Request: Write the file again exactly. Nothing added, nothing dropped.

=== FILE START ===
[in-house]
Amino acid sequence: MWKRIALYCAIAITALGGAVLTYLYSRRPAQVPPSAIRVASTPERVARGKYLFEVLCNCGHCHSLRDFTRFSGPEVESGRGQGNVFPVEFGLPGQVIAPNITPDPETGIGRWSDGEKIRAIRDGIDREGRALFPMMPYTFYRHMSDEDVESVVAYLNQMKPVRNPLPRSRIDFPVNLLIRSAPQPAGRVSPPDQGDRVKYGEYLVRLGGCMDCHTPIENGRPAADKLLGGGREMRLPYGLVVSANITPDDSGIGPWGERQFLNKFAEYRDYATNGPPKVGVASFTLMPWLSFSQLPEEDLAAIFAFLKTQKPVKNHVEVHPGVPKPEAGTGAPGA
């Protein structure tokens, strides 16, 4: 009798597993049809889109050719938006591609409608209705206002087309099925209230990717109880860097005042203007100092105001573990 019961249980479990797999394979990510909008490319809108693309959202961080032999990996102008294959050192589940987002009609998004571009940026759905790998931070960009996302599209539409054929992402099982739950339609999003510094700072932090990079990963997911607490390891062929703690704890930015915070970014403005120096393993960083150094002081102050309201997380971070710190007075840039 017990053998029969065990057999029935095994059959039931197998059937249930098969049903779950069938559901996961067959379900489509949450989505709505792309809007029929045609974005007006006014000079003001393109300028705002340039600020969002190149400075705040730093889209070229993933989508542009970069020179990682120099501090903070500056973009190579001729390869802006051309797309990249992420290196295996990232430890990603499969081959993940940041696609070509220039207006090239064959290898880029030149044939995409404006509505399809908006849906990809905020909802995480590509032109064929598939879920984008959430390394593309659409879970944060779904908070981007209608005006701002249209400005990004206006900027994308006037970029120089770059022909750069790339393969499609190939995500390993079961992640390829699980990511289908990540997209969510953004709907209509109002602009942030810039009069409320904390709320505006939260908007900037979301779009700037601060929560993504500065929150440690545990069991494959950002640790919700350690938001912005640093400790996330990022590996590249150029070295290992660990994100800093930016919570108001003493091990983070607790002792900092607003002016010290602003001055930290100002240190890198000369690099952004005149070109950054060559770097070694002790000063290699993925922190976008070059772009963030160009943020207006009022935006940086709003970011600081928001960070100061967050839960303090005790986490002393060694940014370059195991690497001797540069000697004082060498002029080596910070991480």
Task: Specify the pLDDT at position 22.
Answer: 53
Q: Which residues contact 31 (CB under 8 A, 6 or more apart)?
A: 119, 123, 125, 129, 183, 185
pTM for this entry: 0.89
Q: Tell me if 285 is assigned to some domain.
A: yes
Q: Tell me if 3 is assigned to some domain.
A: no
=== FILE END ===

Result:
[in-house]
Amino acid sequence: MWKRIALYCAIAITALGGAVLTYLYSRRPAQVPPSAIRVASTPERVARGKYLFEVLCNCGHCHSLRDFTRFSGPEVESGRGQGNVFPVEFGLPGQVIAPNITPDPETGIGRWSDGEKIRAIRDGIDREGRALFPMMPYTFYRHMSDEDVESVVAYLNQMKPVRNPLPRSRIDFPVNLLIRSAPQPAGRVSPPDQGDRVKYGEYLVRLGGCMDCHTPIENGRPAADKLLGGGREMRLPYGLVVSANITPDDSGIGPWGERQFLNKFAEYRDYATNGPPKVGVASFTLMPWLSFSQLPEEDLAAIFAFLKTQKPVKNHVEVHPGVPKPEAGTGAPGA
């Protein structure tokens, strides 16, 4: 009798597993049809889109050719938006591609409608209705206002087309099925209230990717109880860097005042203007100092105001573990 019961249980479990797999394979990510909008490319809108693309959202961080032999990996102008294959050192589940987002009609998004571009940026759905790998931070960009996302599209539409054929992402099982739950339609999003510094700072932090990079990963997911607490390891062929703690704890930015915070970014403005120096393993960083150094002081102050309201997380971070710190007075840039 017990053998029969065990057999029935095994059959039931197998059937249930098969049903779950069938559901996961067959379900489509949450989505709505792309809007029929045609974005007006006014000079003001393109300028705002340039600020969002190149400075705040730093889209070229993933989508542009970069020179990682120099501090903070500056973009190579001729390869802006051309797309990249992420290196295996990232430890990603499969081959993940940041696609070509220039207006090239064959290898880029030149044939995409404006509505399809908006849906990809905020909802995480590509032109064929598939879920984008959430390394593309659409879970944060779904908070981007209608005006701002249209400005990004206006900027994308006037970029120089770059022909750069790339393969499609190939995500390993079961992640390829699980990511289908990540997209969510953004709907209509109002602009942030810039009069409320904390709320505006939260908007900037979301779009700037601060929560993504500065929150440690545990069991494959950002640790919700350690938001912005640093400790996330990022590996590249150029070295290992660990994100800093930016919570108001003493091990983070607790002792900092607003002016010290602003001055930290100002240190890198000369690099952004005149070109950054060559770097070694002790000063290699993925922190976008070059772009963030160009943020207006009022935006940086709003970011600081928001960070100061967050839960303090005790986490002393060694940014370059195991690497001797540069000697004082060498002029080596910070991480």
Task: Specify the pLDDT at position 22.
Answer: 53
Q: Which residues contact 31 (CB under 8 A, 6 or more apart)?
A: 119, 123, 125, 129, 183, 185
pTM for this entry: 0.89
Q: Tell me if 285 is assigned to some domain.
A: yes
Q: Tell me if 3 is assigned to some domain.
A: no